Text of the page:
“The Olympic Games were an outstanding and historic event for the UK” were the words of Lord Colin Moynihan last night as the University of Kent’s autumn series of open lectures headed to the Medway Campus.

In a poignant tribute to the London 2012 legacy, Lord Moynihan made his final public speech as British Olympic Association chairman, as he gets ready to pass the baton on to Lord Sebastian Coe.

Speaking to students, staff and members of the public, his lecture on ‘The Olympic Legacy from London’ touched on how his seven year stint as BOA chief had transformed the organisation into an “athlete-centred” body, firmly “focused on performance”.

The former politician and Olympic silver-medalist said: “Our objective was to earn more medals for more sports.” The Great Britain team came third in the medal table, with a total of 65 medals including 29 Gold’s, exceeding all targets made by the UK Sport government agency.

But with the Olympics now over, Lord Moynihan turned his attentions to the importance of the Olympic legacy, and how the main “objective is to improve sports in schools and education.”

He said: “Success of the Olympics Games needs to be a catalyst for a wider school sports agenda.”

His ideas echoed recent government policy, unveiled by Sport Minister Hugh Robertson, which will see £135million invested in sport facilities.

Other key policies include a £1billion investment over the next five years in the Youth Sport Strategy, to link sports clubs and schools together with the support of teachers, parents and the local community.

Speaking about the proposals, Lord Moynihan said: “Imagine the talent that is out there that we haven’t discovered.”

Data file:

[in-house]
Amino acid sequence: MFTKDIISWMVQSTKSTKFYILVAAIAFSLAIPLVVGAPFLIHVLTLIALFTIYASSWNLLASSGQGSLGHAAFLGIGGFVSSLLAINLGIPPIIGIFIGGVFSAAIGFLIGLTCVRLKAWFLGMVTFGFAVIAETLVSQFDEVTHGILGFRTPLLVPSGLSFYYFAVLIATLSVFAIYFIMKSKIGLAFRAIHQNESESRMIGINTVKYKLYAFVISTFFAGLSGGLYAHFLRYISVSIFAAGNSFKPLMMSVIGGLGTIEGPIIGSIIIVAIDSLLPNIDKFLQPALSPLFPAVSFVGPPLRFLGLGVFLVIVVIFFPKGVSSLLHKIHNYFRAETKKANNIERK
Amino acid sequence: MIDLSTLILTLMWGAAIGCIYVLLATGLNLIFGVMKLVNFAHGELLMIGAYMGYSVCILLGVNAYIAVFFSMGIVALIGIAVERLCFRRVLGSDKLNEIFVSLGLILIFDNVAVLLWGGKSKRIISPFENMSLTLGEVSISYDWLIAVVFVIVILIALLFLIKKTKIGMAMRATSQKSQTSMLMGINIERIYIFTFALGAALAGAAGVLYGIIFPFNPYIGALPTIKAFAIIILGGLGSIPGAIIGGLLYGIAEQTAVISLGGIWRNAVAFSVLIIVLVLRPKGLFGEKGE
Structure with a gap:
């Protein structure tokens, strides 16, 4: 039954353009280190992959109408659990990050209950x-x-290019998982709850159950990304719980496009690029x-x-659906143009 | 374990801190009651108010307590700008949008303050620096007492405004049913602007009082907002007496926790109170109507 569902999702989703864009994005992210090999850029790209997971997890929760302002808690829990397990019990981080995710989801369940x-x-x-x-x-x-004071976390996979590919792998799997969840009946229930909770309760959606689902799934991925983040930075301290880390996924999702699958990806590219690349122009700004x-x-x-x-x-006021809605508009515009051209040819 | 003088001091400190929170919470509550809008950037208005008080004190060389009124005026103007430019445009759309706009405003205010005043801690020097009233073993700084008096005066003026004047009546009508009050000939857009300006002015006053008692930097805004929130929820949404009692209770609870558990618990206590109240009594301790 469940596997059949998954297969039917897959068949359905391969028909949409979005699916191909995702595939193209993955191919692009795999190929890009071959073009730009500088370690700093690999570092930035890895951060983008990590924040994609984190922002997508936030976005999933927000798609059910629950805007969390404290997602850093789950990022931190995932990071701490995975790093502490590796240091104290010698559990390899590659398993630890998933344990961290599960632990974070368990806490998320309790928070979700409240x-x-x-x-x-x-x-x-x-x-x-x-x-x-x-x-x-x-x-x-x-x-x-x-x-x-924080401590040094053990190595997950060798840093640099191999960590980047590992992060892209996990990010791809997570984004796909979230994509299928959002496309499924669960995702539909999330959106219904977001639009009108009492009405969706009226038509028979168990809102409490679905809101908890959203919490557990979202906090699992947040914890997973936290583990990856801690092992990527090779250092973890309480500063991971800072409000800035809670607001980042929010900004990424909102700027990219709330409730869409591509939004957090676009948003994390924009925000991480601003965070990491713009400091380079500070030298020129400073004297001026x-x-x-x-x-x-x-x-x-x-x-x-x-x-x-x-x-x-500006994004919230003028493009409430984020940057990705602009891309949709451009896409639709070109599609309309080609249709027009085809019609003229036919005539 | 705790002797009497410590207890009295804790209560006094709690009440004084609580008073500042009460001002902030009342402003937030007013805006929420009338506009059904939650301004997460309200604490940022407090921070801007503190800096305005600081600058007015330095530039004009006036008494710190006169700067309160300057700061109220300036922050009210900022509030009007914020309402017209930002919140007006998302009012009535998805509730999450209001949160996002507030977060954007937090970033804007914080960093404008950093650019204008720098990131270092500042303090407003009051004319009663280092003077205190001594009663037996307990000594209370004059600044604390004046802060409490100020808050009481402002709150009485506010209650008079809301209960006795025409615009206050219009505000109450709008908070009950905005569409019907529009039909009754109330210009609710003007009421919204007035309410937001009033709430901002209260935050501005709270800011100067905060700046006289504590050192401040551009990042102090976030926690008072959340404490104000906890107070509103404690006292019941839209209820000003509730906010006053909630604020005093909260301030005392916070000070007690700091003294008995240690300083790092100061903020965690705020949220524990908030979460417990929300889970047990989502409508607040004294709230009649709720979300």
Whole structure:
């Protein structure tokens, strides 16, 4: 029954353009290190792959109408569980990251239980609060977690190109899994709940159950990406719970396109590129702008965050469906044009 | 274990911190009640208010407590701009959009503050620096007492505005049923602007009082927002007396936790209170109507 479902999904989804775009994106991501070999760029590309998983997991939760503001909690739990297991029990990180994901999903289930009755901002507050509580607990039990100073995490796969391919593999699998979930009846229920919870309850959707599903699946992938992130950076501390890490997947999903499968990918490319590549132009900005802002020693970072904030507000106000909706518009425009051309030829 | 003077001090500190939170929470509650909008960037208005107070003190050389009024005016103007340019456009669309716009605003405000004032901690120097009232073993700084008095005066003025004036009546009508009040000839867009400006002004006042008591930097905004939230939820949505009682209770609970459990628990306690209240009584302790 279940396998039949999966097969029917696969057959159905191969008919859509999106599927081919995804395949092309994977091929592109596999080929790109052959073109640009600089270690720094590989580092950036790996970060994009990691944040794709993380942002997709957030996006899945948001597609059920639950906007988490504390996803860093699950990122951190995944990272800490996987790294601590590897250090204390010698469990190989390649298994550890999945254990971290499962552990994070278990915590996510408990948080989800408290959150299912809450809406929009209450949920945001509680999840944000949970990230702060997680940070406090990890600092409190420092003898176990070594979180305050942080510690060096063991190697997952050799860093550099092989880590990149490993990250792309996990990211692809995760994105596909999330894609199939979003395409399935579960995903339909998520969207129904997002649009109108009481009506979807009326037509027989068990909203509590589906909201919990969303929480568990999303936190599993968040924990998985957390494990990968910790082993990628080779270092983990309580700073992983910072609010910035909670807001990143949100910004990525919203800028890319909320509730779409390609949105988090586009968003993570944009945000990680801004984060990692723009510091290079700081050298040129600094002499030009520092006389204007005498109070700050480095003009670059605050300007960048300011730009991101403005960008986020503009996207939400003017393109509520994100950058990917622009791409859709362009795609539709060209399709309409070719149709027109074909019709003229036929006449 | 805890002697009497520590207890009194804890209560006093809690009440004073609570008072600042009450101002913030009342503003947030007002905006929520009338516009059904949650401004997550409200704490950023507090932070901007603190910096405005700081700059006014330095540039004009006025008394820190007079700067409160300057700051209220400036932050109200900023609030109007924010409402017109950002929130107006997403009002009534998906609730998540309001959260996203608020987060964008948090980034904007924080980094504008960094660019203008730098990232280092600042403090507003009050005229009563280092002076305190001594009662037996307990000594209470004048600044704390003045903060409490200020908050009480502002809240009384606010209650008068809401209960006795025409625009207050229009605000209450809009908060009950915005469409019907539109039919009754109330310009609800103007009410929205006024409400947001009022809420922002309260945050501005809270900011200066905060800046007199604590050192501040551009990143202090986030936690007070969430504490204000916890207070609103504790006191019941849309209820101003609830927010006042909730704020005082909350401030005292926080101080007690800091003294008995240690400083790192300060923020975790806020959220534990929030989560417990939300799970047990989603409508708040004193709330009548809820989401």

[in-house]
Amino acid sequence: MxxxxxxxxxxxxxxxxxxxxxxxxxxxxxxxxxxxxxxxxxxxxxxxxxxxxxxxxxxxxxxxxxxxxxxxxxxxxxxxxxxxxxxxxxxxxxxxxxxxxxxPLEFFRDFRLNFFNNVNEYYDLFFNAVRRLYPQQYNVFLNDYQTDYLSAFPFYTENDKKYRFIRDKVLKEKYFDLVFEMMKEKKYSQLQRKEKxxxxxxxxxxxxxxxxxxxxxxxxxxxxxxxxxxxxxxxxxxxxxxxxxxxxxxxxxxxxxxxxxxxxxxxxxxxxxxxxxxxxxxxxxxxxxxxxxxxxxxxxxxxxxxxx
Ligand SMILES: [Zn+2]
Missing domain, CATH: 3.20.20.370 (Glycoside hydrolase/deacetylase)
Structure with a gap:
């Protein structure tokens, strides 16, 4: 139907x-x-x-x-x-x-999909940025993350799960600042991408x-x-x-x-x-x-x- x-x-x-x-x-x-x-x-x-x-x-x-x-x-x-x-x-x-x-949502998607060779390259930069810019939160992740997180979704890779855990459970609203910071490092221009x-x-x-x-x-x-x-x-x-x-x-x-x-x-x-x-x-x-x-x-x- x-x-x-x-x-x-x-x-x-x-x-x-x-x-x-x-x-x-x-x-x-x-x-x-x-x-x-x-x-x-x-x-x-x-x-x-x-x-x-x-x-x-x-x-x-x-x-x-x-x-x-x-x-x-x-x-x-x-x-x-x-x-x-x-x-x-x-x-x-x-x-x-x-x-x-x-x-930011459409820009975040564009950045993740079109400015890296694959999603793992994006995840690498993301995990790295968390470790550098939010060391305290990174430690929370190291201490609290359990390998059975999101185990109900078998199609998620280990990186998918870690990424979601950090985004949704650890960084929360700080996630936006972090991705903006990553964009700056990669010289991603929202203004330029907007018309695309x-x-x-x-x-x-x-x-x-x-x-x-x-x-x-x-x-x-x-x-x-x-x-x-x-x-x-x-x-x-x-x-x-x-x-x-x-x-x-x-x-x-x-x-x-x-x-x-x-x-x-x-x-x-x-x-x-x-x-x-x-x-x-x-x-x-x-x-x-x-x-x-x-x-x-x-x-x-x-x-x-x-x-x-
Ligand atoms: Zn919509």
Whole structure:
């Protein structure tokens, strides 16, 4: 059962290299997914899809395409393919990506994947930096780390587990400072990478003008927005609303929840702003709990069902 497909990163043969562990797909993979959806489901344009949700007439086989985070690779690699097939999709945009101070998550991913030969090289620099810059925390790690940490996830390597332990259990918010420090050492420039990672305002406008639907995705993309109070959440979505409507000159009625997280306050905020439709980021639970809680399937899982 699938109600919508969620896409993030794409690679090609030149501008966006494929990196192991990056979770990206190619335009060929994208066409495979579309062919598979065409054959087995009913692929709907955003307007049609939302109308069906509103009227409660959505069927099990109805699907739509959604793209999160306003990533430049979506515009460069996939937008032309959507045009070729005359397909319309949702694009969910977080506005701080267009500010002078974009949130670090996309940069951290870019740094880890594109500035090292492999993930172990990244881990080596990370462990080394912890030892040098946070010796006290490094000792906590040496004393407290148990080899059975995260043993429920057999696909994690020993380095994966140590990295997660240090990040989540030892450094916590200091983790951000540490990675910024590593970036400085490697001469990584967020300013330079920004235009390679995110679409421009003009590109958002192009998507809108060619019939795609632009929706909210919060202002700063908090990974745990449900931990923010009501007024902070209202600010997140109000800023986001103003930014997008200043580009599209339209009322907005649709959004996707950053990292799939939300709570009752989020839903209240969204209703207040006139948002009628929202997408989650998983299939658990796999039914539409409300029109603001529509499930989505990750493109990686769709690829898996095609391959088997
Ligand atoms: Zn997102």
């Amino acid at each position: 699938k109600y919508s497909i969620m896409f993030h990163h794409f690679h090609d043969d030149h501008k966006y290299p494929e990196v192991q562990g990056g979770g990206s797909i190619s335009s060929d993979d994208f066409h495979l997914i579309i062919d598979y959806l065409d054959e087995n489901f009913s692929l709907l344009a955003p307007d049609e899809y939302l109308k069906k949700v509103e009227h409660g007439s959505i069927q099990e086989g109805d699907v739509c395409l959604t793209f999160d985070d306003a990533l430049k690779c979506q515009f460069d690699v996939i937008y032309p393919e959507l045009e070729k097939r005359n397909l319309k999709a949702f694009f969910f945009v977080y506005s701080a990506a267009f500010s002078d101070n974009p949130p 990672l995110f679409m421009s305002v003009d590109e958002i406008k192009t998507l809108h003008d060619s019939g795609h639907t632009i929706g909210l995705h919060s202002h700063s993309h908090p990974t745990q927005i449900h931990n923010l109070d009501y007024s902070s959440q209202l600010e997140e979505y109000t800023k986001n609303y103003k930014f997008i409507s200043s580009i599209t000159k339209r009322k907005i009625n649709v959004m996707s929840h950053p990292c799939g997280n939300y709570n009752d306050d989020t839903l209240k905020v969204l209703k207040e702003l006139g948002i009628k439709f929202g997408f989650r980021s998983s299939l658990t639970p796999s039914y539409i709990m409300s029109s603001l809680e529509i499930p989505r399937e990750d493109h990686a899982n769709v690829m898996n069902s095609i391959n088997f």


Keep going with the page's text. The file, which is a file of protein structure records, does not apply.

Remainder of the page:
Arguing that money should be devolved from sporting quangos to local government and sports clubs, he said the way forward was for the cross-government promotion of sport.

He argued: “There are many departments of state in government who can help promote sport.”

During the lecture, he went on to praise the “girl power” of the Olympics, stating that a key feature of London 2012 was how “women led the way”. He argued that more access for women participation in sport  and more ‘top job’ opportunities for women in sporting organisations were vital.

He also added that the popularity of female presenters such as Clare Balding and Hazel Irvine should lead the way for a change of attitude in the media, stressing the need for more female editors and reporters.

Looking to the future of UK sport, he claimed that this decade would be “a remarkable decade for UK sport.” The UK has already won the rights to host more than 20 events, including the Commonwealth Games 2014, Rugby World Cup 2015 and the World Athletics 2017.

And, as he hands over to Lord Coe on November 7, Lord Moynihan reflected that it had “been a massive privilege” to work at the BOA for seven years, but that he will "continue to argue strongly in the House of Lords for sporting legacy.”

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‘The Olympic Legacy from London’: Lord Moynihan, BOA Chairman